– Access to things is better than ownership
– Trust among strangers on the Internet
Today, the shared economy is often written as something that inevitably has to come and it is time. The exclusion of property is considered obsolete and outdated because its price of excessive and practical use questionable. Apparently, up to 90 percent of the time is spent somewhere parked, unused. Should we only pay ten percent of the total price of the car or should we look for a more cost-effective alternative? The first option is nonsense, the second is not.
The model of renting and sharing instead of ownership counts on a company in which everyone earns throughout their lives and invests the same or more money in services instead of investing in material. The retirement age associated with lower income and thus the inability to pay for sharing services is a risk and threat to the whole concept of a shared economy.
The current institute of property is good in that when a person buys a car, after it is paid out, value remains in his hands; maybe half or even lower, but some value. Even if the car has been paying off for ten years, it can continue to drive for decades if it cares well for it, or sell it and use the funds to buy another.
However, after ten years of rent, they will pay the same money, but without any investment in value. All he has to do is pay for short-term rentals and sharing, but with less chance of change. And if this person gets into retirement age, or if he or she faces serious obstacles, such as illness or a change in his / her life situation, he / she will be pushed aside.
The United States is a good example of how such a lifestyle does not work for rent. They are proof that even a wealthy person can become homeless within a year and lose both a house and a Porsche, which he actually only leases for a long time. If he had his own car and his own house, there would be a chance to sell them and get something cheaper, while still financially going green.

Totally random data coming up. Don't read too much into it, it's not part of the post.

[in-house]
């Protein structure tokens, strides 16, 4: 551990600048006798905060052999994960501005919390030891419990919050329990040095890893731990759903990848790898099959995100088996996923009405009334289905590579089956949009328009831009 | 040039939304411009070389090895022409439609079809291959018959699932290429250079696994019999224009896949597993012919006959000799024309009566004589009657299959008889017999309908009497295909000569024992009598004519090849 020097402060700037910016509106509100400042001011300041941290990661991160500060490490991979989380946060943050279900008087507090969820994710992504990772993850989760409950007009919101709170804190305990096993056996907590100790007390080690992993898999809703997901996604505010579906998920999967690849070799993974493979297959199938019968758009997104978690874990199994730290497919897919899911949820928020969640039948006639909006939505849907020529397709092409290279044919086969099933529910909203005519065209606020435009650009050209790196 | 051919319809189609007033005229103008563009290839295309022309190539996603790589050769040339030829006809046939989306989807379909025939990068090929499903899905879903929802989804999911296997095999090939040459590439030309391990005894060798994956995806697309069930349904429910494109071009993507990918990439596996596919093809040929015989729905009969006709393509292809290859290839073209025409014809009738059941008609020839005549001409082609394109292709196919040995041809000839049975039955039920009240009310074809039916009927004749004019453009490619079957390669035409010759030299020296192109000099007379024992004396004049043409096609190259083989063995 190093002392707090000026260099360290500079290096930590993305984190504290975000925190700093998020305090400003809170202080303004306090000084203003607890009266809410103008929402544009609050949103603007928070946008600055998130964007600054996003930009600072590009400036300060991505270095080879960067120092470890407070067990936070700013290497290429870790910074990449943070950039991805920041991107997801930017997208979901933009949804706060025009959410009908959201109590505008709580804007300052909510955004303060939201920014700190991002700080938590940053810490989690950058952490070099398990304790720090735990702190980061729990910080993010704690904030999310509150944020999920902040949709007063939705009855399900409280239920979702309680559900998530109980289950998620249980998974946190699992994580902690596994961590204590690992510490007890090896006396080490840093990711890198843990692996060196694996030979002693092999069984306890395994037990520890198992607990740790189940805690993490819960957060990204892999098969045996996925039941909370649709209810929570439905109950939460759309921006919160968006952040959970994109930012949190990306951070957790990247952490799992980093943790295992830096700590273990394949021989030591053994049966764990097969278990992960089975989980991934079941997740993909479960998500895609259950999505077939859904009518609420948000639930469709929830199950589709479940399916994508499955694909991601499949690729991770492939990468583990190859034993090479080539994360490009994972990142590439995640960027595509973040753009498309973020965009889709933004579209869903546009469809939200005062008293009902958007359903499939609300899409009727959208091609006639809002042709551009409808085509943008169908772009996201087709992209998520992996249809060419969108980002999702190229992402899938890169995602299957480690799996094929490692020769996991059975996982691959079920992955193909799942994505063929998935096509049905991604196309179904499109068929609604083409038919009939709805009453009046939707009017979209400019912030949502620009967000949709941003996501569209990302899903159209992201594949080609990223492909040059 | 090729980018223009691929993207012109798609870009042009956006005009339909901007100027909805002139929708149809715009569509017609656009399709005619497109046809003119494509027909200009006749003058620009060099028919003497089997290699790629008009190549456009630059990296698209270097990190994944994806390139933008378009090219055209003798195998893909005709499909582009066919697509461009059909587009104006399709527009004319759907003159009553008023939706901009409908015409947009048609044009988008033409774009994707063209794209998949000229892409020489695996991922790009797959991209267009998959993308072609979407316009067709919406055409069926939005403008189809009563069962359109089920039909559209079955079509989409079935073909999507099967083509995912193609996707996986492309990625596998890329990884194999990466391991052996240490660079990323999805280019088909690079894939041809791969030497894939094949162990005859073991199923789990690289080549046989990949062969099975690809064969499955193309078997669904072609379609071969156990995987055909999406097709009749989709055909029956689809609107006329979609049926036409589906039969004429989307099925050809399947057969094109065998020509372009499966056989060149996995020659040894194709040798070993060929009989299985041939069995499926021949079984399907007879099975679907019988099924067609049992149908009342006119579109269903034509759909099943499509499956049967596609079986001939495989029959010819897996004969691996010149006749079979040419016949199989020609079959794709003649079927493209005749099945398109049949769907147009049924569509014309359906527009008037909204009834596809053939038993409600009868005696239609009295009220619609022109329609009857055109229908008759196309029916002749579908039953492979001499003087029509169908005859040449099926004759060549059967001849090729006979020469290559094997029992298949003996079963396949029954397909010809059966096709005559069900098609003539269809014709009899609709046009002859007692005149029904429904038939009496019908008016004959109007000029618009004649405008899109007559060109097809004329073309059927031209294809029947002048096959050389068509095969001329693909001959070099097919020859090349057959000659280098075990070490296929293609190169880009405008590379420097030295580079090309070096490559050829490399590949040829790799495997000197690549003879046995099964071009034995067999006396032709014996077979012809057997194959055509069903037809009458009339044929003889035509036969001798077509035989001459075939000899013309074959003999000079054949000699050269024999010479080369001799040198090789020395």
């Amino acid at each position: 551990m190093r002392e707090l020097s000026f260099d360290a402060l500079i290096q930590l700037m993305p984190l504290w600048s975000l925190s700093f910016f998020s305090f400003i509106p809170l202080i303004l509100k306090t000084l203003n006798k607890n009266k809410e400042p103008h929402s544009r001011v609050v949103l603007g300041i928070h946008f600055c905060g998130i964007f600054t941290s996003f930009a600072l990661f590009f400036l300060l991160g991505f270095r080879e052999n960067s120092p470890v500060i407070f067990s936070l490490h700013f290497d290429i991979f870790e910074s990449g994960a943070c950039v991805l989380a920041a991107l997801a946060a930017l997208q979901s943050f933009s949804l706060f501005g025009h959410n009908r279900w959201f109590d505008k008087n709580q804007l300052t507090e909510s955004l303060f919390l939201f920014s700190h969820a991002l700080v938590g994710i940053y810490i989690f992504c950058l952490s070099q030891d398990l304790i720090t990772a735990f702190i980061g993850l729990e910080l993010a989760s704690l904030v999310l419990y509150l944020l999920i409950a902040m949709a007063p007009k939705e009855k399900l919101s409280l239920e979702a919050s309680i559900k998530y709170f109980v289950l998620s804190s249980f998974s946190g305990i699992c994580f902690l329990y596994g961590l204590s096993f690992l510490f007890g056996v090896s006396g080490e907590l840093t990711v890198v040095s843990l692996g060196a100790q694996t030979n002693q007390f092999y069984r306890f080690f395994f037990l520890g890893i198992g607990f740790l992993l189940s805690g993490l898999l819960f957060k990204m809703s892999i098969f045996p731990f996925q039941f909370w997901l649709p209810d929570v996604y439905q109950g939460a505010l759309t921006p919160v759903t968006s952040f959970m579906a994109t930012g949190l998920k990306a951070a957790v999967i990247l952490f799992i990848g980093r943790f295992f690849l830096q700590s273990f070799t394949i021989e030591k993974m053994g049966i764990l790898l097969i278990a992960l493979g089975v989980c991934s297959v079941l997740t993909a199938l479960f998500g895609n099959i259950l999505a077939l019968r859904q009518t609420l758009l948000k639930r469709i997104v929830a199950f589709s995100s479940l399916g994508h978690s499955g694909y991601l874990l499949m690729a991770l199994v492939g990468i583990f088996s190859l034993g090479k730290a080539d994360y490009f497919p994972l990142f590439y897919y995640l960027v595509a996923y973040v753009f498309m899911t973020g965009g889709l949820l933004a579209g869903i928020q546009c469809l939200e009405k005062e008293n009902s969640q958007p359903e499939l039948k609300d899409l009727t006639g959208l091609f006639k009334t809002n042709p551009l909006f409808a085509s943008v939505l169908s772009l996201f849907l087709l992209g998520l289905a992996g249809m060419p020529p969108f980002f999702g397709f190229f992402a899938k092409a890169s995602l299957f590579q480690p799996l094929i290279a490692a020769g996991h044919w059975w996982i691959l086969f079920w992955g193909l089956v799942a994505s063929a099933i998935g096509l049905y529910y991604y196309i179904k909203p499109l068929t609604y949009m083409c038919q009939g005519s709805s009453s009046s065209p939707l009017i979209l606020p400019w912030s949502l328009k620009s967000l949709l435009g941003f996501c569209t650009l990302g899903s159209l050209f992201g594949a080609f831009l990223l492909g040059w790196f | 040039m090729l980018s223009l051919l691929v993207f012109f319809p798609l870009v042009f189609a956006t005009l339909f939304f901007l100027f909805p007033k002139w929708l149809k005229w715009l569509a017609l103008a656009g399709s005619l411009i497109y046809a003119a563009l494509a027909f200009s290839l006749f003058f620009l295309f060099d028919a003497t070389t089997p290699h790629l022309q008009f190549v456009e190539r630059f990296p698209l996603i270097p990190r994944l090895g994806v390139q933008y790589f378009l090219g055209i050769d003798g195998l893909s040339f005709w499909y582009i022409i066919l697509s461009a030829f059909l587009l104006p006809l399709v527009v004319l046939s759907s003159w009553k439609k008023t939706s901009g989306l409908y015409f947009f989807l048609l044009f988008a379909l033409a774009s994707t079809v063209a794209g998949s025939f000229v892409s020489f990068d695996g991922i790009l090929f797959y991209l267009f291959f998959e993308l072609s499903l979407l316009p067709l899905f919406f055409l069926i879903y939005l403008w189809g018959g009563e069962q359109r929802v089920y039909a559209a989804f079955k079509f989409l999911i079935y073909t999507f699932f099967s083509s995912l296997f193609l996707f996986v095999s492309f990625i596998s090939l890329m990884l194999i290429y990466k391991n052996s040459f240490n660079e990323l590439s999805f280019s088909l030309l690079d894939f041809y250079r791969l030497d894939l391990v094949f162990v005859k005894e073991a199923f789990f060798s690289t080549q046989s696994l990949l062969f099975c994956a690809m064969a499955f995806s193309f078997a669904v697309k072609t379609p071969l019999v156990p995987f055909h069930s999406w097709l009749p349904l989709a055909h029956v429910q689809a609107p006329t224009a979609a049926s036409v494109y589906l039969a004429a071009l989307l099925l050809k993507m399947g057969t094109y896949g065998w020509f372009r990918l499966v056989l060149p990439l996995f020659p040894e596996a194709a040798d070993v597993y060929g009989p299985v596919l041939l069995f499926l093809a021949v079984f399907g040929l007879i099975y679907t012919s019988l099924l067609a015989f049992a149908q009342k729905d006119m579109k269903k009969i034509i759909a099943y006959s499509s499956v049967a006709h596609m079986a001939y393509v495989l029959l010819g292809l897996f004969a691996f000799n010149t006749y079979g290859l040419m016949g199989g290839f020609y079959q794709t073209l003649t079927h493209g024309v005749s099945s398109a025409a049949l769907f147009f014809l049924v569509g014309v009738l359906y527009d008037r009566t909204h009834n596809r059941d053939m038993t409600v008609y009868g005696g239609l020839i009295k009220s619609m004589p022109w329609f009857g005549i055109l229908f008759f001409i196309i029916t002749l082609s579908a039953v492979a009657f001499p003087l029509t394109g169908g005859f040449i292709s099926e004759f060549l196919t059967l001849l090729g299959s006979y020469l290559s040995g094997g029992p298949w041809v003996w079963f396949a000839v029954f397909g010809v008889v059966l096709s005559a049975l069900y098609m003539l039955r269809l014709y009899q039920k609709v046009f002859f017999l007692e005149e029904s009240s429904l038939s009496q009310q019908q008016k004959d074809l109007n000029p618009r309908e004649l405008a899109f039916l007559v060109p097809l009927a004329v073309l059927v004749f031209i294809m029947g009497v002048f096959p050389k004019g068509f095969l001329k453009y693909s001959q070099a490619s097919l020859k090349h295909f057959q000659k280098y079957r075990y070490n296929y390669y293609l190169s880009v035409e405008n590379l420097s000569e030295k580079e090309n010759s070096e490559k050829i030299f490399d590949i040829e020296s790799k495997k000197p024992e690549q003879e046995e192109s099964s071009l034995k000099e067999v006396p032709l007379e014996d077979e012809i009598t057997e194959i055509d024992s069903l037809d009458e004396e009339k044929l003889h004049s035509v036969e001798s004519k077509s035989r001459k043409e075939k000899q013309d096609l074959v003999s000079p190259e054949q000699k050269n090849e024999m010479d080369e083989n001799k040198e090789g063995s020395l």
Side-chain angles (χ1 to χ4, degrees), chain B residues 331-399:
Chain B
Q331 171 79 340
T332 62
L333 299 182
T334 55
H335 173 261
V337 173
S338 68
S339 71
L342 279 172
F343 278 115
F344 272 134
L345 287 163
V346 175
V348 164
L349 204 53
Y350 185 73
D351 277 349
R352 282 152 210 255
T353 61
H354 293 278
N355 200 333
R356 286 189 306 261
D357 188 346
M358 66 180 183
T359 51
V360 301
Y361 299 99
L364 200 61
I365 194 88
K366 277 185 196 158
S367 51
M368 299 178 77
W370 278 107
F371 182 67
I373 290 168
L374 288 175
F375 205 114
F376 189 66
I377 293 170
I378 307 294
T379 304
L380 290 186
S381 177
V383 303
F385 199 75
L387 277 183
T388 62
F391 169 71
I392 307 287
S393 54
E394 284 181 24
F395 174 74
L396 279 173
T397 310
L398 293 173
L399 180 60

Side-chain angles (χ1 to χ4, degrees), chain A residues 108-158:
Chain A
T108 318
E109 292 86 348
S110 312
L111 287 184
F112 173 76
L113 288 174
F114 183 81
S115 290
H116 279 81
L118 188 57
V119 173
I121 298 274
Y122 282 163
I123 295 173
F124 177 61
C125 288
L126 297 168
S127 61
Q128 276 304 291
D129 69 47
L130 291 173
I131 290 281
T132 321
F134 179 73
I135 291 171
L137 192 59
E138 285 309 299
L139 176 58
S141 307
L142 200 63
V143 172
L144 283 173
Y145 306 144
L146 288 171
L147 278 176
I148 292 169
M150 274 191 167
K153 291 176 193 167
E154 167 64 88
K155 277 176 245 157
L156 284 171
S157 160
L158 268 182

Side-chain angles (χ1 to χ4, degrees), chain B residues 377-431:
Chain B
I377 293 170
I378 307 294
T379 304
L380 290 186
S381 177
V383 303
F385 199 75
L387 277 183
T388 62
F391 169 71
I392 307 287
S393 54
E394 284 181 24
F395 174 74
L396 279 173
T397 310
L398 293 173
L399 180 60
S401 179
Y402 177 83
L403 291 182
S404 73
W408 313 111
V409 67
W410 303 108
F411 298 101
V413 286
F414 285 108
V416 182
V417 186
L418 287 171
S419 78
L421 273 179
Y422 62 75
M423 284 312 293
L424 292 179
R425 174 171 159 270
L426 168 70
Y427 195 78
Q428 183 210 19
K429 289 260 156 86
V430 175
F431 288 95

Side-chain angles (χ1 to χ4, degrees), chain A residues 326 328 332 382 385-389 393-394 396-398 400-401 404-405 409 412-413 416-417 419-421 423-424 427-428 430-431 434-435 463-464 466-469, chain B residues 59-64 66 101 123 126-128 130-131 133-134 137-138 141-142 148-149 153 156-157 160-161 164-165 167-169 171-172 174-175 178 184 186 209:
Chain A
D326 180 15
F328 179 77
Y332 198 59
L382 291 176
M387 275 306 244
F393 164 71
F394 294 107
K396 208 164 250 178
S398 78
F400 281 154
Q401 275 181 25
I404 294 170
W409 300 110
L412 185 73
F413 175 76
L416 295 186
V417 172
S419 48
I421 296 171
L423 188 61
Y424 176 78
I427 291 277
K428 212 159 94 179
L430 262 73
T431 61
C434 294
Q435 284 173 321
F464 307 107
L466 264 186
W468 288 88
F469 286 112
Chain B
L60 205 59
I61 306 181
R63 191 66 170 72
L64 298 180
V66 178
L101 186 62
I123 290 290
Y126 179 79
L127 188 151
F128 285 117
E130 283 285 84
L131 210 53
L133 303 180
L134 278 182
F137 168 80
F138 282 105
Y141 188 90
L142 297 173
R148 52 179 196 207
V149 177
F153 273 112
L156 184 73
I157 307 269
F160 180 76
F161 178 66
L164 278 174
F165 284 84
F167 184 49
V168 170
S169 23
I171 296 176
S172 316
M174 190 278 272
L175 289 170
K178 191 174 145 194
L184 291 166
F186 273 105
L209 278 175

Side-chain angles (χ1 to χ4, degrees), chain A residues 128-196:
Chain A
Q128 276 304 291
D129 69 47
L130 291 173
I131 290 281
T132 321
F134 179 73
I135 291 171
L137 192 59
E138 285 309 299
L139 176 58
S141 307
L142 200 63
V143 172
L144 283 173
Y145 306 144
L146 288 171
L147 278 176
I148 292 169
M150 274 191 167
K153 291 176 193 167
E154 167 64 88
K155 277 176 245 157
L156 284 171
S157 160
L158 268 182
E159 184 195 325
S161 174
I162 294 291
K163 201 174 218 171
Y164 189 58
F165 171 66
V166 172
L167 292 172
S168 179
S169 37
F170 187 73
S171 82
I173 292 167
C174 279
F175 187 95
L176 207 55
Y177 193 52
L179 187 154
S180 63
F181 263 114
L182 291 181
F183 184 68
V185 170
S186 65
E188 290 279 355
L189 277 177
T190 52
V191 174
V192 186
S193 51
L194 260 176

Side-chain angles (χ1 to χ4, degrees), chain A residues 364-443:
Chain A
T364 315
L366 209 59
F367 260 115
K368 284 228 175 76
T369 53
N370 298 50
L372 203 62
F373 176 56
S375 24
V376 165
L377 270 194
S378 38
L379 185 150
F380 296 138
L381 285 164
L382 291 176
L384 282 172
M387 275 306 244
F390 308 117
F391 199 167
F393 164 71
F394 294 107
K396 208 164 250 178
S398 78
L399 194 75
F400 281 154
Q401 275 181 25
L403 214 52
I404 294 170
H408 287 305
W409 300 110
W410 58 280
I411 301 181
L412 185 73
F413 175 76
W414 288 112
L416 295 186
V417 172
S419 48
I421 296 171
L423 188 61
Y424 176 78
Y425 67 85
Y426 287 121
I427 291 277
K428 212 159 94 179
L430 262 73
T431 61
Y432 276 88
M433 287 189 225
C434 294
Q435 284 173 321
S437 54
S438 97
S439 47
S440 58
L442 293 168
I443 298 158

A shared economy will make it possible to shift capitalism and entrepreneurship from company to person. It will enable the emergence of new ways of living based on the provision of services through publicly available Internet platforms. Many more people will be able to rent their cars and real estate for a short time to help others and make some money.
In this respect, quality, universal and secure Internet platforms for publishing offers and contact between provider and customer are essential. Nowadays, services such as Airbnb, Bla Bla Car or the mentioned Uber perform these tasks correctly.
Is a shared economy feasible in the long term? Will we be tolerated by all legislation? In fact, we already live and use it to our advantage, even if it penetrates the world of cars and real estate a little harder. Here it is necessary to build confidence and increase security. However, it is quite certain that, especially in large cities, the concept of shared economy will continue to grow and contribute to a significant change in the lifestyles of the coming generations.